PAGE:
Microsoft's February security update fixes the vulnerability that can result in reverse RDP attacks in the built-in Windows RDP client, but third-party RDP clients are still vulnerable, Check Point said.
The shift to remote work has caused a spike in the number of RDP servers exposed to the Internet, along with an increase in the number of scans for those servers.
Microsoft looked at Windows Events Log to understand what RDP brute-force attacks looked like in the enterprise, and found that attackers frequently space out the login attempts over several days to avoid detection.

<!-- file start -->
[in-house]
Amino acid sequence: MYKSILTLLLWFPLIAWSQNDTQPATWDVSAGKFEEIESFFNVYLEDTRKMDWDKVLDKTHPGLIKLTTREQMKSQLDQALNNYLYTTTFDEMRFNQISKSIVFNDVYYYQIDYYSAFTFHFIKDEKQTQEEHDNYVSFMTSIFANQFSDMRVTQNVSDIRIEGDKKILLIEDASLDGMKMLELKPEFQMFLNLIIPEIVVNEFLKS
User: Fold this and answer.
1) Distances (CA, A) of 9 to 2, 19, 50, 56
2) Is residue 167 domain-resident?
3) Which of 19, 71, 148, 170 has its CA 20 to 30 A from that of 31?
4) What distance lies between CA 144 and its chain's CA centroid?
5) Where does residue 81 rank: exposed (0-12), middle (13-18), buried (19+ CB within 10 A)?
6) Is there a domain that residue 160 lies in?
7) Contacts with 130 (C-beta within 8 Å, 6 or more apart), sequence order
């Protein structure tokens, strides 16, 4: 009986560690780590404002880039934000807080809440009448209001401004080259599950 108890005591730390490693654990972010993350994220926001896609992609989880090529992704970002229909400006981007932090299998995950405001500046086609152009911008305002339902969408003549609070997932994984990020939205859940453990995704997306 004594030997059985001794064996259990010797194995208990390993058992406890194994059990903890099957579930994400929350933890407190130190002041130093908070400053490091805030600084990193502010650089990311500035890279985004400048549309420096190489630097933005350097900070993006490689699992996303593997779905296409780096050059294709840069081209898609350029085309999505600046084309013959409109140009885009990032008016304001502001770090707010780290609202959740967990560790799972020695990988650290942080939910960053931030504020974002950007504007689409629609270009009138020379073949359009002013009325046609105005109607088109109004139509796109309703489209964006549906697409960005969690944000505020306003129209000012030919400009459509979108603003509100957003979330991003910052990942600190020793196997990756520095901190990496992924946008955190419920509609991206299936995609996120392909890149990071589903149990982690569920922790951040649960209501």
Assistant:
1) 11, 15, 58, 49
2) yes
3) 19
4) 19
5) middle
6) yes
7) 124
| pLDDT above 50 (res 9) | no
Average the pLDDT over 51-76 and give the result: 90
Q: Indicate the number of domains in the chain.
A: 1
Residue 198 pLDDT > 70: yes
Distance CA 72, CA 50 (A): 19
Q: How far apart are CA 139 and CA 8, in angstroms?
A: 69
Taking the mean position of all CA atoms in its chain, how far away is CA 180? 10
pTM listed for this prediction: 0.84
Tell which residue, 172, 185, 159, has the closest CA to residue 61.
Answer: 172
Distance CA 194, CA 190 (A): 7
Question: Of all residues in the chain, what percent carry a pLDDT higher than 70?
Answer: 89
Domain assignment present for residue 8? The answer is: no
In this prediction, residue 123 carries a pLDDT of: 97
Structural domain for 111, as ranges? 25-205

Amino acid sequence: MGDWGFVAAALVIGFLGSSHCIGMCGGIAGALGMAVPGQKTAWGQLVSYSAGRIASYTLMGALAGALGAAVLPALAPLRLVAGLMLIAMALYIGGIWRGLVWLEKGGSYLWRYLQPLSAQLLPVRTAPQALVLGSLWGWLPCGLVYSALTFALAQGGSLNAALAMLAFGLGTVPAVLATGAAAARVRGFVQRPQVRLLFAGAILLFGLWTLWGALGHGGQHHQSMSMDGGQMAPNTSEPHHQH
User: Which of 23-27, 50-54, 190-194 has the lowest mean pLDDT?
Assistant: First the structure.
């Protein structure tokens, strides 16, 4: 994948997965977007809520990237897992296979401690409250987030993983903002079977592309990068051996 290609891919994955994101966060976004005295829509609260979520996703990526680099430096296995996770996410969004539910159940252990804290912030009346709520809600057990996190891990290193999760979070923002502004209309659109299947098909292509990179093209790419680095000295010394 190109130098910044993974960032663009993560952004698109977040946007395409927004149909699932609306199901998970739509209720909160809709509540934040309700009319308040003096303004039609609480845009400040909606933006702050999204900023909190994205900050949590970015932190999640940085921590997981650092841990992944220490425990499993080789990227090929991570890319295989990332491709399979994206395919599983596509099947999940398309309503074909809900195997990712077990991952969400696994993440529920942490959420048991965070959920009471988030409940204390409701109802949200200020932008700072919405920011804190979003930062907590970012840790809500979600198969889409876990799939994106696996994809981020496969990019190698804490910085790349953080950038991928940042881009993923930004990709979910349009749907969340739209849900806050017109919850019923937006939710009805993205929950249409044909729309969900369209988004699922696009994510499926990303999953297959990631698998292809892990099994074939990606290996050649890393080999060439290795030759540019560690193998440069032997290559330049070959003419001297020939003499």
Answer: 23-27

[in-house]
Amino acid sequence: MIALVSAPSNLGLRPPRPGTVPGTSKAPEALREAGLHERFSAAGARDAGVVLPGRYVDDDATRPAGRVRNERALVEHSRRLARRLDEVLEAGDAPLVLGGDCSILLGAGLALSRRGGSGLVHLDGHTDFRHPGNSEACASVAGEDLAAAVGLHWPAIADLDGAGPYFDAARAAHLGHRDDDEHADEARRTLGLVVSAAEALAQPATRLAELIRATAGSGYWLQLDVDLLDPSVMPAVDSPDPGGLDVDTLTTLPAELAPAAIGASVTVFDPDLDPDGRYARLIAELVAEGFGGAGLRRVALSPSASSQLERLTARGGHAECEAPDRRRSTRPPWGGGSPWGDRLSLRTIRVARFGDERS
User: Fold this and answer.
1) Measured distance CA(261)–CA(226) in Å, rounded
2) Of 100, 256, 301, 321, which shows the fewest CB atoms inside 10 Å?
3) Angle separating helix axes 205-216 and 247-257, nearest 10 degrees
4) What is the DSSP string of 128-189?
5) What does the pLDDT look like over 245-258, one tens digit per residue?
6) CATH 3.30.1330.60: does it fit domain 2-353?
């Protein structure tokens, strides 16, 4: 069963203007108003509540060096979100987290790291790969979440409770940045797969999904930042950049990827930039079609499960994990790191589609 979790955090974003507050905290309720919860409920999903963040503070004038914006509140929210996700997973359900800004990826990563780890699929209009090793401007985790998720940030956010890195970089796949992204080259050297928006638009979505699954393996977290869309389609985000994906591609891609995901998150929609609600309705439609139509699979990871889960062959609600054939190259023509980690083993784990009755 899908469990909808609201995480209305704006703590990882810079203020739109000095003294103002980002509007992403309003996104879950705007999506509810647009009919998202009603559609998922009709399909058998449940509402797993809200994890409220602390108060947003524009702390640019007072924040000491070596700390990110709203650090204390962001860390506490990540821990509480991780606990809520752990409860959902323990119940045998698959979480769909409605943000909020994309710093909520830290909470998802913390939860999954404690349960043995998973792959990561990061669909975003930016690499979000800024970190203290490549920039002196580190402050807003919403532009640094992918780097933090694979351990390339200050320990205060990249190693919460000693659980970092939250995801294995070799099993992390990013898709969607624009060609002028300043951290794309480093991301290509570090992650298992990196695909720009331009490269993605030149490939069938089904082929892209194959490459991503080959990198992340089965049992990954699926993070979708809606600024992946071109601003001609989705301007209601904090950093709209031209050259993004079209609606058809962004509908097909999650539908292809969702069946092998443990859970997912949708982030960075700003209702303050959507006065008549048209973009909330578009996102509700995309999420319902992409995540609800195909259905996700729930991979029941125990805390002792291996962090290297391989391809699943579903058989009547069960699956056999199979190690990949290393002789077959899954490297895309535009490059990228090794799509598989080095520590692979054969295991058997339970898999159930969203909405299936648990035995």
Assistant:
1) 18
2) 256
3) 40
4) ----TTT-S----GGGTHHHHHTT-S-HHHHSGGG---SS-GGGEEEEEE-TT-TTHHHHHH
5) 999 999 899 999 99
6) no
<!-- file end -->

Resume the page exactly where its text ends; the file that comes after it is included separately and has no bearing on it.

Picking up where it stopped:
Attacks using Remote Desktop Protocol continue to be tremendously successful. It turns out many attackers are combining RDP attacks with ransomware.
A new botnet is scanning the internet and brute-forcing Remote Desktop Protocol connections to compile a list of vulnerable hosts, usernames, and passwords.